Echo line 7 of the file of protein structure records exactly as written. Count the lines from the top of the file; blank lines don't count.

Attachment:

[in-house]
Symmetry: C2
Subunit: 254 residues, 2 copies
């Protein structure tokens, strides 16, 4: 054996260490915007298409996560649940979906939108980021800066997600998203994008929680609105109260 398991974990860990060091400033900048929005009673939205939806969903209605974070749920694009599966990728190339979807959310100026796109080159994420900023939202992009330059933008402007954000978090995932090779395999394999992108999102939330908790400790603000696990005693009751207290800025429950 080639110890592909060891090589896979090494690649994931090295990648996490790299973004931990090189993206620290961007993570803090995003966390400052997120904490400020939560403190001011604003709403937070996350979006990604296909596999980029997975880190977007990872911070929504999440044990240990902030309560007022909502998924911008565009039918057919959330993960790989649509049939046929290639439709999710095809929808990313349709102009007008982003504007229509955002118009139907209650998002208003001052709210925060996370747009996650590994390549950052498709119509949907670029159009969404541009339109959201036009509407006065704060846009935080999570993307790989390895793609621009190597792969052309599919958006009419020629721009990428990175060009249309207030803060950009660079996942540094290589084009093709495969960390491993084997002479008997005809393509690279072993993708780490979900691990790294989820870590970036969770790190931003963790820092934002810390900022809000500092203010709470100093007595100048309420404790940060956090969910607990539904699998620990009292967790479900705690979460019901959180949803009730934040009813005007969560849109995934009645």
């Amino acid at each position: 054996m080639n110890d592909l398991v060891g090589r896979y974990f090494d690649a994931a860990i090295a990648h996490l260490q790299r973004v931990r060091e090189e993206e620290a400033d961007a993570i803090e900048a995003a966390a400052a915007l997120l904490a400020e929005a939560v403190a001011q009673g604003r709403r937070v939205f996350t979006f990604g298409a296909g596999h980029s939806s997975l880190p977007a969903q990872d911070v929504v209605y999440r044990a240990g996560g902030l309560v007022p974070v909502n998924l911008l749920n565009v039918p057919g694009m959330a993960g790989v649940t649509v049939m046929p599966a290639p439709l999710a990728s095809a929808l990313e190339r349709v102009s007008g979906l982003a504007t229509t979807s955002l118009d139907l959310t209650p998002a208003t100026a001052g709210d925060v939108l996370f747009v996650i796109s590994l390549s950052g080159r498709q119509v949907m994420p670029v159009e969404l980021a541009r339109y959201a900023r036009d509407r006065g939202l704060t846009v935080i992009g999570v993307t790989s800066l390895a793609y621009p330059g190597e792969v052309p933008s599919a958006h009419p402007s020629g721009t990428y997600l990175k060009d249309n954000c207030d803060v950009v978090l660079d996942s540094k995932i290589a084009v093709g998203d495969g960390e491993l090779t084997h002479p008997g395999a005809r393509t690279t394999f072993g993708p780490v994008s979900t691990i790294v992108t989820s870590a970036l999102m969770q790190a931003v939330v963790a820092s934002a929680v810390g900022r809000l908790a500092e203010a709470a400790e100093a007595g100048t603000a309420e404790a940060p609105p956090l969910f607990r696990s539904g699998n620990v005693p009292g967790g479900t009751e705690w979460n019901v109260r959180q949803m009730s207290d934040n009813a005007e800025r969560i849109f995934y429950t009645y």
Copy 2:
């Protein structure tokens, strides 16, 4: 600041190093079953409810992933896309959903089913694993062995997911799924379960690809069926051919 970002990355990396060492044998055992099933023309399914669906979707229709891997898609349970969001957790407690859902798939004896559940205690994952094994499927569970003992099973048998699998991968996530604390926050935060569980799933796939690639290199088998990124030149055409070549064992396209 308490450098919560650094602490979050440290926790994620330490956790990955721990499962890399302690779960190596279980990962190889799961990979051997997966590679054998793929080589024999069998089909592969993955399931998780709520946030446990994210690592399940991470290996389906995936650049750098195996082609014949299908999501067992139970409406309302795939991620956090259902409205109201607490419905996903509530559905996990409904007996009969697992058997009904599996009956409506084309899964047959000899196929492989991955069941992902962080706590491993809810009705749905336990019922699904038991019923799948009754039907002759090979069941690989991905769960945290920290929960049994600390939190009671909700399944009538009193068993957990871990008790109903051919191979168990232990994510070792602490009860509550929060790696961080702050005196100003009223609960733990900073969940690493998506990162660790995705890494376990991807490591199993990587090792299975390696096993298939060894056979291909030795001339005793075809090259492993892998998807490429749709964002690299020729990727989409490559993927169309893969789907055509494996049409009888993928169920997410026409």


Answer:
């Protein structure tokens, strides 16, 4: 600041190093079953409810992933896309959903089913694993062995997911799924379960690809069926051919 970002990355990396060492044998055992099933023309399914669906979707229709891997898609349970969001957790407690859902798939004896559940205690994952094994499927569970003992099973048998699998991968996530604390926050935060569980799933796939690639290199088998990124030149055409070549064992396209 308490450098919560650094602490979050440290926790994620330490956790990955721990499962890399302690779960190596279980990962190889799961990979051997997966590679054998793929080589024999069998089909592969993955399931998780709520946030446990994210690592399940991470290996389906995936650049750098195996082609014949299908999501067992139970409406309302795939991620956090259902409205109201607490419905996903509530559905996990409904007996009969697992058997009904599996009956409506084309899964047959000899196929492989991955069941992902962080706590491993809810009705749905336990019922699904038991019923799948009754039907002759090979069941690989991905769960945290920290929960049994600390939190009671909700399944009538009193068993957990871990008790109903051919191979168990232990994510070792602490009860509550929060790696961080702050005196100003009223609960733990900073969940690493998506990162660790995705890494376990991807490591199993990587090792299975390696096993298939060894056979291909030795001339005793075809090259492993892998998807490429749709964002690299020729990727989409490559993927169309893969789907055509494996049409009888993928169920997410026409």